Credit cards are a great way to get the most out of everyday spending and fund your spending for the future. Here are 6 reasons why you should put a credit card to use.
- Add money to your line of credit. Use credit to pay down a small amount of your debt before you use cash for purchases. With a credit card, you’ll make good on your debts as soon as you use the money. While you’ll pay more interest than cash-first methods, the average interest rate on a credit card is a much better deal than the rates you might pay on a high-interest debit card or a debit card that charges high fees.
Credit cards allow you to pay your bills in instalments. Payments are typically $15 or less per payment, which can help you stay on top of your debts as you meet the minimum payment. Even if you make less than the minimum payment each month, the credit card company will cover any expenses up to that amount. This is particularly helpful in the early stages of your debt, before you’re fully supporting yourself. You won’t be stuck with a bill that you can’t pay, so you can use credit to pay down your debts before you become dependent on cash.
- Ask the retailer for cash-back or reward cards. Many shops offer cards with cash back or cash rewards. A shop could ask you to pay a membership fee or get a free game when you spend $25 at that shop. Then when you have your next purchase, you’ll receive a reward or cash back worth $25 or more.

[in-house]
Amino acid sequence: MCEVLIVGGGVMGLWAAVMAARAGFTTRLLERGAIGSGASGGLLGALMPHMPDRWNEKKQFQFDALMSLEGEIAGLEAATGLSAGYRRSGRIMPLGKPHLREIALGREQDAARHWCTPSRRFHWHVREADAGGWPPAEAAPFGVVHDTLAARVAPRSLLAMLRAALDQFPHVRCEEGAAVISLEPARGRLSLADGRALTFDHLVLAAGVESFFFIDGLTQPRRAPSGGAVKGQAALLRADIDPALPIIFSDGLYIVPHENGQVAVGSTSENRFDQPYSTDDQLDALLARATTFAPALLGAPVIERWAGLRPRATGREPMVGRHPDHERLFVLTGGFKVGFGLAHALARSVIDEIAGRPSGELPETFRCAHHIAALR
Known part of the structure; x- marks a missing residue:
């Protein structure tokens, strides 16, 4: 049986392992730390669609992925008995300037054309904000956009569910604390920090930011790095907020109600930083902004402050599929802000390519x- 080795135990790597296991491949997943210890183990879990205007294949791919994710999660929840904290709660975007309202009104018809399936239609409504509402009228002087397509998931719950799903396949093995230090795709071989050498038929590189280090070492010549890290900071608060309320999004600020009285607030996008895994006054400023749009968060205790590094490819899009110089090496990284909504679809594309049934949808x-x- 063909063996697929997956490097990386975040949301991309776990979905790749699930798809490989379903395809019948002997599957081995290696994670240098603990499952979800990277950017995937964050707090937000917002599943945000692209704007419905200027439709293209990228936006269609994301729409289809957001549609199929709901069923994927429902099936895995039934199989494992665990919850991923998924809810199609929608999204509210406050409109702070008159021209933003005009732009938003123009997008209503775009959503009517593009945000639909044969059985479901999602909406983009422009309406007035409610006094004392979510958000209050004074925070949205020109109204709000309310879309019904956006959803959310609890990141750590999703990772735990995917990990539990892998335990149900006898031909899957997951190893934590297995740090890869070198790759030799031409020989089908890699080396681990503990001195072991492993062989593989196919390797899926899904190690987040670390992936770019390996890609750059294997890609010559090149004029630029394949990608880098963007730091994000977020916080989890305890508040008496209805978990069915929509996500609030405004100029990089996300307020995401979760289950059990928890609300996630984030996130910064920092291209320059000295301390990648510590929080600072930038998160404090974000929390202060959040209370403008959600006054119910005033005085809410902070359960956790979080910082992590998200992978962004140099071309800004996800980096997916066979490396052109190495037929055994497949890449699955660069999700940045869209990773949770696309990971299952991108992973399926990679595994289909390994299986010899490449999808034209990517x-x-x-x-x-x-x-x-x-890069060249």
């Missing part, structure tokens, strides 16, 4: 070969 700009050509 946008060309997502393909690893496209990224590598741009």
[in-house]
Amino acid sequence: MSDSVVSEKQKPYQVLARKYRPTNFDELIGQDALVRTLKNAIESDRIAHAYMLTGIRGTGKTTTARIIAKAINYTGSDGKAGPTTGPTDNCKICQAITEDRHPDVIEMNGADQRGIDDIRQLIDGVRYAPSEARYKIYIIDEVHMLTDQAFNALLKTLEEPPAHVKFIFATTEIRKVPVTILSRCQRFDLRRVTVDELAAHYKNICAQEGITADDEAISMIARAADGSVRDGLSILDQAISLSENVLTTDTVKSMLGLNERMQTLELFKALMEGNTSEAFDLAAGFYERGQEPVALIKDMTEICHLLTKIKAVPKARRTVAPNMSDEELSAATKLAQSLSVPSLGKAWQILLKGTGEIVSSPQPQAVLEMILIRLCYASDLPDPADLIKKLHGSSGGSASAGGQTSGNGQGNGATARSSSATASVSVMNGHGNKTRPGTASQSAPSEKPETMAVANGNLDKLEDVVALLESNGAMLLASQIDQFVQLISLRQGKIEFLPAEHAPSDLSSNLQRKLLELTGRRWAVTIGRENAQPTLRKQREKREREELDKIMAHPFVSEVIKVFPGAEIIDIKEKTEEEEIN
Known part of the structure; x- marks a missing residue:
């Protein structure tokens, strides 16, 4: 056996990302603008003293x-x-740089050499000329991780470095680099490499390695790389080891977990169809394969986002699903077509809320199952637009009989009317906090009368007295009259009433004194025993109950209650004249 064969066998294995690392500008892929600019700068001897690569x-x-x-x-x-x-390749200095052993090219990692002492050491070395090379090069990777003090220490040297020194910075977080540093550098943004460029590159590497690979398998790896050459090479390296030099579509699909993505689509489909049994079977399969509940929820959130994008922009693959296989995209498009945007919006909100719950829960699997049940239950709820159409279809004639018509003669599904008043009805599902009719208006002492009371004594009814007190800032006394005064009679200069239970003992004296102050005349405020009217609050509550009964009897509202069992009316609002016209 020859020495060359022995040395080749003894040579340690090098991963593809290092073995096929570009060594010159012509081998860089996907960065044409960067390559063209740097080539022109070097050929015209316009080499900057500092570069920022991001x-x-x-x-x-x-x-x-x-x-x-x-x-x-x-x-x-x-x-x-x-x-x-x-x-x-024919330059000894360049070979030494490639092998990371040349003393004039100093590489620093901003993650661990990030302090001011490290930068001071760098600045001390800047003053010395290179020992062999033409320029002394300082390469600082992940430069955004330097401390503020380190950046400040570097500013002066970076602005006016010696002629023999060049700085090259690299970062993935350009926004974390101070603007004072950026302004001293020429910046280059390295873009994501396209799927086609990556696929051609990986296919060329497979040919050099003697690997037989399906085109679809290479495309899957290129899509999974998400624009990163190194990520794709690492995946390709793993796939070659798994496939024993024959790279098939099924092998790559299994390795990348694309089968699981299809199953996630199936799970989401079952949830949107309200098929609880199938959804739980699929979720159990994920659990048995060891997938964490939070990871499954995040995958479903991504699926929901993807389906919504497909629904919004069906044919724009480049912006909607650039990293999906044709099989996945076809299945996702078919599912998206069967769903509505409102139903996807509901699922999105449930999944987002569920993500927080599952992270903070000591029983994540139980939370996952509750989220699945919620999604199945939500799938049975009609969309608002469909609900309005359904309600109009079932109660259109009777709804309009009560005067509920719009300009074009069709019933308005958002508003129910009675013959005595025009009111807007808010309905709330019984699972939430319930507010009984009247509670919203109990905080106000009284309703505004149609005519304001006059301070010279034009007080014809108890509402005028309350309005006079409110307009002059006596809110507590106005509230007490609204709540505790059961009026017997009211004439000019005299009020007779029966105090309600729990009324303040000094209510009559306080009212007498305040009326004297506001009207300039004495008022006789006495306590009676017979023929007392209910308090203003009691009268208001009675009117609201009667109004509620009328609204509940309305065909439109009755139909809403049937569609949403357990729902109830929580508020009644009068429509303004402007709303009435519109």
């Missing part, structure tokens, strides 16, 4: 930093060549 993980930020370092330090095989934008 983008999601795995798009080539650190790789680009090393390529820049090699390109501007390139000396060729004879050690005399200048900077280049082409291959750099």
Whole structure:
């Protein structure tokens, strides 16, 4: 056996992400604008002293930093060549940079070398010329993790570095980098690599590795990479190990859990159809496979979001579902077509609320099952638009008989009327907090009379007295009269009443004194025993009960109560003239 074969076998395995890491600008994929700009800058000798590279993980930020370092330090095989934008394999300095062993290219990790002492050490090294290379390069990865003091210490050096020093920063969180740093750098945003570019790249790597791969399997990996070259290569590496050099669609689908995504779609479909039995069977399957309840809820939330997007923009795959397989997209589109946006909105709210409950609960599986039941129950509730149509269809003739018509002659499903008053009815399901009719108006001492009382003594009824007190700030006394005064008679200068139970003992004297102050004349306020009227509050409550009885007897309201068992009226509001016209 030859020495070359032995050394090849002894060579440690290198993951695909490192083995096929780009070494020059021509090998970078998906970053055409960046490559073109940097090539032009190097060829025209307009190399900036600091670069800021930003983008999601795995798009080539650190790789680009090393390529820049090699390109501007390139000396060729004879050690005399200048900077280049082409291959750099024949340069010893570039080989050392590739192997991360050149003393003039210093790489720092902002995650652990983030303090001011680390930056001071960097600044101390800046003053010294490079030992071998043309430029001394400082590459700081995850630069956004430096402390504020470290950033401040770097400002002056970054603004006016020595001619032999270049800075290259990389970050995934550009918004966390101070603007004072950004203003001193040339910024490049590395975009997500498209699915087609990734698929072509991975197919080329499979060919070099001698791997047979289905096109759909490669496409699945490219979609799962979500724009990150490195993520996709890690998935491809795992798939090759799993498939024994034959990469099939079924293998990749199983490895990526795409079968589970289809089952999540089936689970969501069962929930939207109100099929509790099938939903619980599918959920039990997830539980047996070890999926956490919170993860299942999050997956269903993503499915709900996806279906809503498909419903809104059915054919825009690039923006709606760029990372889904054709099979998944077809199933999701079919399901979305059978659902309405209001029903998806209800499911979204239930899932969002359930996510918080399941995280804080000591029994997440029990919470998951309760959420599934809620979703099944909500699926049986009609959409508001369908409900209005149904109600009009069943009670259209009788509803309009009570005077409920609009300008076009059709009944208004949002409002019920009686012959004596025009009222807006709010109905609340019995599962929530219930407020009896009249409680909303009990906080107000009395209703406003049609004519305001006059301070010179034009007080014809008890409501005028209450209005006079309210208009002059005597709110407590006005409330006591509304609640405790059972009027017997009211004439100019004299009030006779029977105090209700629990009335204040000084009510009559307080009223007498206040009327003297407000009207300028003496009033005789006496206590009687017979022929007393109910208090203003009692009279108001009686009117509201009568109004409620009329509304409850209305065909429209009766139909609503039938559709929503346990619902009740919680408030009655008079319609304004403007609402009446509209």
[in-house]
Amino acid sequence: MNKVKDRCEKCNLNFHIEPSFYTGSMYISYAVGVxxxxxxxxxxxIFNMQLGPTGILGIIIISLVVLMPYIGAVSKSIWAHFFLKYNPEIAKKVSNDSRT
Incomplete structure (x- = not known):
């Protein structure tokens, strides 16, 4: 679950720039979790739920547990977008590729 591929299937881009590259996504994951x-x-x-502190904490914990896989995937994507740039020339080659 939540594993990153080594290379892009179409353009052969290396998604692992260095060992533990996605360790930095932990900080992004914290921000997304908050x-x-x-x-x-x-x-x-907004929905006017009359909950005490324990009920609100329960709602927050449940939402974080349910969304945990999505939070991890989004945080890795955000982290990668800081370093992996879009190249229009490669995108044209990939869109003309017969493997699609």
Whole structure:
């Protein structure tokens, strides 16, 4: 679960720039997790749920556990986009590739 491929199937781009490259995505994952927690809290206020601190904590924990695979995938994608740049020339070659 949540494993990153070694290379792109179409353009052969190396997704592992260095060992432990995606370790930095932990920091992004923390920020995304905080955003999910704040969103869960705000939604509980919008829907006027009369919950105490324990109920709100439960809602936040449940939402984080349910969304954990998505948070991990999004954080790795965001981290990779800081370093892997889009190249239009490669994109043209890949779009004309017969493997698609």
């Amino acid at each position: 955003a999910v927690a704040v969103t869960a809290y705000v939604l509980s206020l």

Not only do the retailers want to take your money, they’ll also earn a commission on every transaction, so they’re in it for the long haul. Check out the store’s rewards card and if it has more generous rewards or cash back, check with the merchant before you buy. You could lose money and increase your debt if you choose not to use your rewards card.
- Check your credit score. You should use your credit score before applying for a credit card, and while you shouldn’t always use a credit score, you may benefit from having a credit score. Your score is a summary of your credit history. Your score gives you an idea of whether you’re likely to be approved for credit, whether you’ll qualify for a loan or how well you’ll do with payments on existing credit cards. While a credit score can’t predict whether you’ll be approved for a loan, it can give you some insight on what your credit score will look like at different points in the future. A credit score in the low 700s may signal you’re a risk for being denied loans. A credit score in the mid 700s may mean that you are in good shape for loan approvals.
- Score your credit score for free. The Federal Trade Commission (FTC) recently launched the Make Your Score Available free credit score software that provides consumers the chance to know exactly where they stand in terms of their credit score. They provide free access to the report that has been created for the average person. So, while your score may fluctuate from month to month, it’s a good idea to stay current on your credit score by taking advantage of this free service.